As car enthusiasts, no one can deny how exciting the concepts of torque, speed, friction, and resistance are. It is interesting to know how they link up with the performance of your car. Therefore, it’s not a surprise that various car components like tyres have been designed and developed to tackle the forces affecting your car’s ultimate performance. Rolling resistance is one such concept and with today’s technology, tyres known as low rolling resistance tyres have been developed for this very purpose.
But before we get into what these Goodyear car tyres Southampton do for you, let’s look at what rolling resistance is and how it affects cars in general-
What does rolling resistance mean?
When a body rolls on a surface, rolling resistance, also known as rolling friction or rolling drag is the force that resists the motion. It mostly has inelastic effects meaning that when the pressure is released, not all of the energy required for deformation or movement of the wheel, roadbed, and so on is recovered.
Rolling Resistance in vehicles explained
The force required per unit vehicle weight to move the vehicle on levelled ground at a constant slow speed is described as rolling resistance for cars and vehicles in general if the air resistance is minimal and no traction forces or brakes are employed. In other words, if the car didn’t have the force to keep it moving, it would cost.
Tyre Rolling resistance
When you accelerate the car, you’re effectively moving energy, in the form of gas or electricity, depending on your vehicle. Through the engine and other components. As a result, your tyres begin to revolve and enough momentum is generated to push your car forward. The amount of energy a tyre expands over a given distance is known as rolling resistance in tyres. It is one of five forces that must be resisted for a vehicle to move forward, along with gravity, aerodynamics, inertia, and mechanical friction.
Is it possible to avoid rolling resistance?
The straightforward answer is, No. One cannot avoid rolling resistance fully but they can certainly reduce its effect. Tires can be designed with specifically formulated tread compounds that are more resistant to heat production and built to reduce tyre deflection for less energy loss since hysteresis causes tyre rolling resistance and such tyres are called low rolling resistance tyres.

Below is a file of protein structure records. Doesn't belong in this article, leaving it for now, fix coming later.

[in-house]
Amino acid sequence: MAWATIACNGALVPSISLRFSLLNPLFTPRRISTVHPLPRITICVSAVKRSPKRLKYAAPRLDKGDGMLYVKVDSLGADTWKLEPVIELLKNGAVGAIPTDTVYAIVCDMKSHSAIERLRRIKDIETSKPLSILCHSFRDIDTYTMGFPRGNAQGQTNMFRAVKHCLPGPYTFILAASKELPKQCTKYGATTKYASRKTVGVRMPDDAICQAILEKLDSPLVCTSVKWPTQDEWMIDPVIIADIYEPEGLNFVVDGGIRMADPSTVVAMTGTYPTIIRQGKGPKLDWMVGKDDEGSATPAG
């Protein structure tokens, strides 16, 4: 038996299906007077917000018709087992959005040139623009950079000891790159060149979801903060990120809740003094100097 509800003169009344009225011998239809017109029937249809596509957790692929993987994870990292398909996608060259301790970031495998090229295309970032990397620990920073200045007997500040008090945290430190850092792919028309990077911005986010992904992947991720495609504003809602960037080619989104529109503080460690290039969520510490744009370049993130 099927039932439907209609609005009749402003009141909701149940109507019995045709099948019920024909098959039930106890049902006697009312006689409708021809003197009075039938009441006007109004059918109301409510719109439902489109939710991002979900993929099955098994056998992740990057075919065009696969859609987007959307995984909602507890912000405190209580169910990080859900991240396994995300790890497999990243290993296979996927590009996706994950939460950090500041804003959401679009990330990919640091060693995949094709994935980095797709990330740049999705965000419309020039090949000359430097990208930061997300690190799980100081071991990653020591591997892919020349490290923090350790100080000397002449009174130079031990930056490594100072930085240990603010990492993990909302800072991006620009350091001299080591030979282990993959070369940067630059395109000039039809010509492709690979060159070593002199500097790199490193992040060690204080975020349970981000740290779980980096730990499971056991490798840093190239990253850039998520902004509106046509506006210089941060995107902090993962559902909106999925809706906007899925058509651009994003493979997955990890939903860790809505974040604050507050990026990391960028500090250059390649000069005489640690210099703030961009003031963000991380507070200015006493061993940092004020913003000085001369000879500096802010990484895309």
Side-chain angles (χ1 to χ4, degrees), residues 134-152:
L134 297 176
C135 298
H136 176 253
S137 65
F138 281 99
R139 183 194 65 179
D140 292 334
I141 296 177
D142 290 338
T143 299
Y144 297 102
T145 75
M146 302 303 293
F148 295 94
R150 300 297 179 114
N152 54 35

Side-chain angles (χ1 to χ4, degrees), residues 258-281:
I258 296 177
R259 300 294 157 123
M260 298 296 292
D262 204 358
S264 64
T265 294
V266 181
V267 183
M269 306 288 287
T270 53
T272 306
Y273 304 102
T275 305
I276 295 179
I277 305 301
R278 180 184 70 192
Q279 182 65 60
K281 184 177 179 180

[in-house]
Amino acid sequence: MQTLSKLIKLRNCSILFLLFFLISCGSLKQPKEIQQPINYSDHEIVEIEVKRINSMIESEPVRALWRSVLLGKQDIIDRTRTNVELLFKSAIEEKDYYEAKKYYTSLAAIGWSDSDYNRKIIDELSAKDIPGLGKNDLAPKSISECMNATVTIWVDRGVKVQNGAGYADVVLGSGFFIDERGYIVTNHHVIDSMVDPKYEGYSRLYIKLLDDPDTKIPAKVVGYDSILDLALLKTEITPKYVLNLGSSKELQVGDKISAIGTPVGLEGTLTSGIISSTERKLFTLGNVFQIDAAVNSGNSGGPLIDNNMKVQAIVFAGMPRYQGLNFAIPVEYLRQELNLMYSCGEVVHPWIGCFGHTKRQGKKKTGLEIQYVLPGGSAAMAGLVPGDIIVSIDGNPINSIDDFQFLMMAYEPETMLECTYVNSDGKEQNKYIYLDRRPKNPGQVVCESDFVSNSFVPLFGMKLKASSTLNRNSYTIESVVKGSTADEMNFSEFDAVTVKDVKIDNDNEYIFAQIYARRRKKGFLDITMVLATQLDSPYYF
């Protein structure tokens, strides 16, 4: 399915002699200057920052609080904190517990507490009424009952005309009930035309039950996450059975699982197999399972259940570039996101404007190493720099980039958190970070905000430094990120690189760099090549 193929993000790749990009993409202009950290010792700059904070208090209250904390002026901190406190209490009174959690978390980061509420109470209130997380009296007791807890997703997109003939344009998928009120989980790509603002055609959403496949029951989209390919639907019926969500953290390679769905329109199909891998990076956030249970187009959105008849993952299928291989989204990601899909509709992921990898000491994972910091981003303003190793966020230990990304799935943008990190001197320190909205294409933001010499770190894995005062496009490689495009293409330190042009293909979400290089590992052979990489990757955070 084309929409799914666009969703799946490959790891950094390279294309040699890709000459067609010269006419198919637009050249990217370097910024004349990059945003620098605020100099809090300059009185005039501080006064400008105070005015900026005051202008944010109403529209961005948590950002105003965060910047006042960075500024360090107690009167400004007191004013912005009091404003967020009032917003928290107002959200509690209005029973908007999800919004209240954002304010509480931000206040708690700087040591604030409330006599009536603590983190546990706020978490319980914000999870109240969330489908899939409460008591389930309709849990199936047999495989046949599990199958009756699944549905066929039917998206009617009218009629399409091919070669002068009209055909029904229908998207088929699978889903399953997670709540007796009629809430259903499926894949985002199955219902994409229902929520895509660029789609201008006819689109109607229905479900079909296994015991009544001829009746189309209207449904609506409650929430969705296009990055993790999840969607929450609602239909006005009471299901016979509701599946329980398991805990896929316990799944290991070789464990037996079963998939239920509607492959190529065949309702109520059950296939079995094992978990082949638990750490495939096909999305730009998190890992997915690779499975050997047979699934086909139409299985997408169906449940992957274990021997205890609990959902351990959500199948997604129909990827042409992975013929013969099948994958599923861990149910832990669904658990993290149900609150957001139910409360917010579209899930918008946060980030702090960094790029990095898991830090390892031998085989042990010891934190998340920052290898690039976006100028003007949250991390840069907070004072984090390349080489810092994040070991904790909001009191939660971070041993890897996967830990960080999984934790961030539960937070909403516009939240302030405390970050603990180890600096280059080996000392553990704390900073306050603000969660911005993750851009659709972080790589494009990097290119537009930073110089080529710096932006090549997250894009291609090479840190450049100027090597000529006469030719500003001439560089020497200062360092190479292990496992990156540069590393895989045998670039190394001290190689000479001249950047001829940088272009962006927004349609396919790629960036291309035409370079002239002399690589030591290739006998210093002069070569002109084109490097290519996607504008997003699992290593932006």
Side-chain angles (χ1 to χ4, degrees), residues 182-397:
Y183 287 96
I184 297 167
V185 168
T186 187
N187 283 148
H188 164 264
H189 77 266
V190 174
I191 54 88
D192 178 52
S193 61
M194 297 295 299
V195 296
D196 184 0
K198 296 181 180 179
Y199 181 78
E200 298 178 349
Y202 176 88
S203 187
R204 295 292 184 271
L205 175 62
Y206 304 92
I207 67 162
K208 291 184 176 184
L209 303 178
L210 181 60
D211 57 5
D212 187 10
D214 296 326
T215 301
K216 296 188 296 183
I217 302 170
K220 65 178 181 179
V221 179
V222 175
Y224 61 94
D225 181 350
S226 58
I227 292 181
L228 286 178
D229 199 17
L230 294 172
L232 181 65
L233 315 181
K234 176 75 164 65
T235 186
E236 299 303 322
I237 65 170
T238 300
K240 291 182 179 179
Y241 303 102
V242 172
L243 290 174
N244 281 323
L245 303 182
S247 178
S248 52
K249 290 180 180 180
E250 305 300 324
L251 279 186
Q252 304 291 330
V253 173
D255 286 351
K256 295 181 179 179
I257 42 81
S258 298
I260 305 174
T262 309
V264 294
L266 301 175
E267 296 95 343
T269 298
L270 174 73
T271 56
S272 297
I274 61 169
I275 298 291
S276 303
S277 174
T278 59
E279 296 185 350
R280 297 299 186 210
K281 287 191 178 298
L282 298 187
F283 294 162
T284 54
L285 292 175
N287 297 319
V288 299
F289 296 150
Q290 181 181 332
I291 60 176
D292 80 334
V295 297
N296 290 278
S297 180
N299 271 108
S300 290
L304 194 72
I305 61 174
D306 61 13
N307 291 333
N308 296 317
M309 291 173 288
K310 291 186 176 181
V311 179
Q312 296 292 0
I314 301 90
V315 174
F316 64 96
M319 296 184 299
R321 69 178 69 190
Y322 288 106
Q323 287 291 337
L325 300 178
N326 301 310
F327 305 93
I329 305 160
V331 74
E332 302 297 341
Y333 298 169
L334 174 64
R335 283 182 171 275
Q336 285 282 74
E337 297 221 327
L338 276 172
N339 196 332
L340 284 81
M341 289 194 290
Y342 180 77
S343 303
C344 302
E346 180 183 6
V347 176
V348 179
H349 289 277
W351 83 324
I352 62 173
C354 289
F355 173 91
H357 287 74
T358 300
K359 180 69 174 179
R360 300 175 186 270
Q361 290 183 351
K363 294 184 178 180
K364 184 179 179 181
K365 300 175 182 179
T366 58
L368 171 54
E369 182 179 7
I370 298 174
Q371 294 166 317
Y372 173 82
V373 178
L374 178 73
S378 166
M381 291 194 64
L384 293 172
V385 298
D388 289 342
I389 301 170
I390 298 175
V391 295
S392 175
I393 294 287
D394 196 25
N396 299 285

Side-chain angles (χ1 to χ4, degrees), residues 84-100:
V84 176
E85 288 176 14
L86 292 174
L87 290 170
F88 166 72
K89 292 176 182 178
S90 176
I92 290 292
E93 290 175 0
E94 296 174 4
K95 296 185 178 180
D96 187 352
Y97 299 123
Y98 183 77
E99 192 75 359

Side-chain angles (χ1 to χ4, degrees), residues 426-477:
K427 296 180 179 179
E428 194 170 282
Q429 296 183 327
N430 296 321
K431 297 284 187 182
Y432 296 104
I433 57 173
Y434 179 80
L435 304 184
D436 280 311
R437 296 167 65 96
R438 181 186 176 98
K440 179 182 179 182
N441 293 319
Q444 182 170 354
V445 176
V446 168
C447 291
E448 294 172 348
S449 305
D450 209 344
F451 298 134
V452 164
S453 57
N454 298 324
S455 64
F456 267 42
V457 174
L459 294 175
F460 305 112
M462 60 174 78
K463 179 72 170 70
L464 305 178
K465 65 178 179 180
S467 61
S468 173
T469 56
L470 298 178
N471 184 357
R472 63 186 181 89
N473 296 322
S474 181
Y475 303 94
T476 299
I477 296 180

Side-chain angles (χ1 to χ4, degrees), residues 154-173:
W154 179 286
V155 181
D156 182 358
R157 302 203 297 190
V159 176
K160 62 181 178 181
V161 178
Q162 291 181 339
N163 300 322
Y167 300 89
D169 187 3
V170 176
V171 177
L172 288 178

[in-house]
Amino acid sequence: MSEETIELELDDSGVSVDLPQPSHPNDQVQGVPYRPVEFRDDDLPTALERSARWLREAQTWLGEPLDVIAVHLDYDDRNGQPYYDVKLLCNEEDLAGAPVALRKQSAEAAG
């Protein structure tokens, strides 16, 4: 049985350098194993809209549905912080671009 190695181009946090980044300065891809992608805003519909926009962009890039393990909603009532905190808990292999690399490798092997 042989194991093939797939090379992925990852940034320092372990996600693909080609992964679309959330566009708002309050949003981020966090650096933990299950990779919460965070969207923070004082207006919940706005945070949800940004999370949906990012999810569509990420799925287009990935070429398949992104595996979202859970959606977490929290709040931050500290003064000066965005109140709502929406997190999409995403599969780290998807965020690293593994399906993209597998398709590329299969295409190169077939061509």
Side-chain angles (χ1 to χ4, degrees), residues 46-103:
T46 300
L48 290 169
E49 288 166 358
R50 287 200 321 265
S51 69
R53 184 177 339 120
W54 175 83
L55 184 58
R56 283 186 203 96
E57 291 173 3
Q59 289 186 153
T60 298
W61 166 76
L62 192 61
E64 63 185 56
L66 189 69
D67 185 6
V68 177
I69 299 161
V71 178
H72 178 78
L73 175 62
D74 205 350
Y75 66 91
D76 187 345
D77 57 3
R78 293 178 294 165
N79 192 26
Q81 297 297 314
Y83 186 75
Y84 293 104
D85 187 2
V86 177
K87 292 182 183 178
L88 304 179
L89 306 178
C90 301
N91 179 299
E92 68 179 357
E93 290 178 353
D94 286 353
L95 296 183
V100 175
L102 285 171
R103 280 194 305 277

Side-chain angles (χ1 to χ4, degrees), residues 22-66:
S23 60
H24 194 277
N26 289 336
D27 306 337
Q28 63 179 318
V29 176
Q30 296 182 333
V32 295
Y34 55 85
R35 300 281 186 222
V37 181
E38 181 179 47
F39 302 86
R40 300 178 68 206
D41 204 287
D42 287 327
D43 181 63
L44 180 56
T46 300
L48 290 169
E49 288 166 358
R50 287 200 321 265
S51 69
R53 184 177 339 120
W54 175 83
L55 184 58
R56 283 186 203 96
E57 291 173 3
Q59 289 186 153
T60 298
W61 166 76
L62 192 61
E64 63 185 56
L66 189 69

Are Low rolling resistance tyres beneficial?
For you average driver, who is concerned about fuel efficiency along with good car performance, a low rolling resistance tyre might be the answer they are looking for. As compared to your conventional tyres, low rolling resistance tyres are much more fuel-efficient and low fuel cost means money saved which is perhaps one of the best benefits in itself.
Manufacturers are now also adding silica, a sand-like substance, to the rubber of low-rolling tyres to increase performance. Silica enhances grip, which results in improved road handling. Yes, it’s true that while these tyres may cost a bit extra, studies show that you get around 1.7kpl for a 10% reduction in tyre rolling resistance. On paper, it may not sound like a lot, but when you add it over the course of a year or two, it certainly makes up for the higher purchase price.
Do Low Rolling Resistance Tyres Involve any Trade-offs?
One can’t always get everything without giving something up in return and unless a whole new technology is developed, the same is true with low rolling resistance tyres. To improve the rolling resistance, a manufacturer may have to reduce the tread depth of the tyre which ultimately leads to reduced tyre wear usage.
There is also a minor issue of keeping the tyres completely inflated to utilise their maximum performance capabilities.
Ultimately, the benefits of the low rolling resistance tyres far outweigh its minimal cons. If you are planning to choose some of these high-quality car tyres Southampton, you can head right over to Auto trade Tyres without any worries and have a look at our wide range of tyre selections, curated especially for you.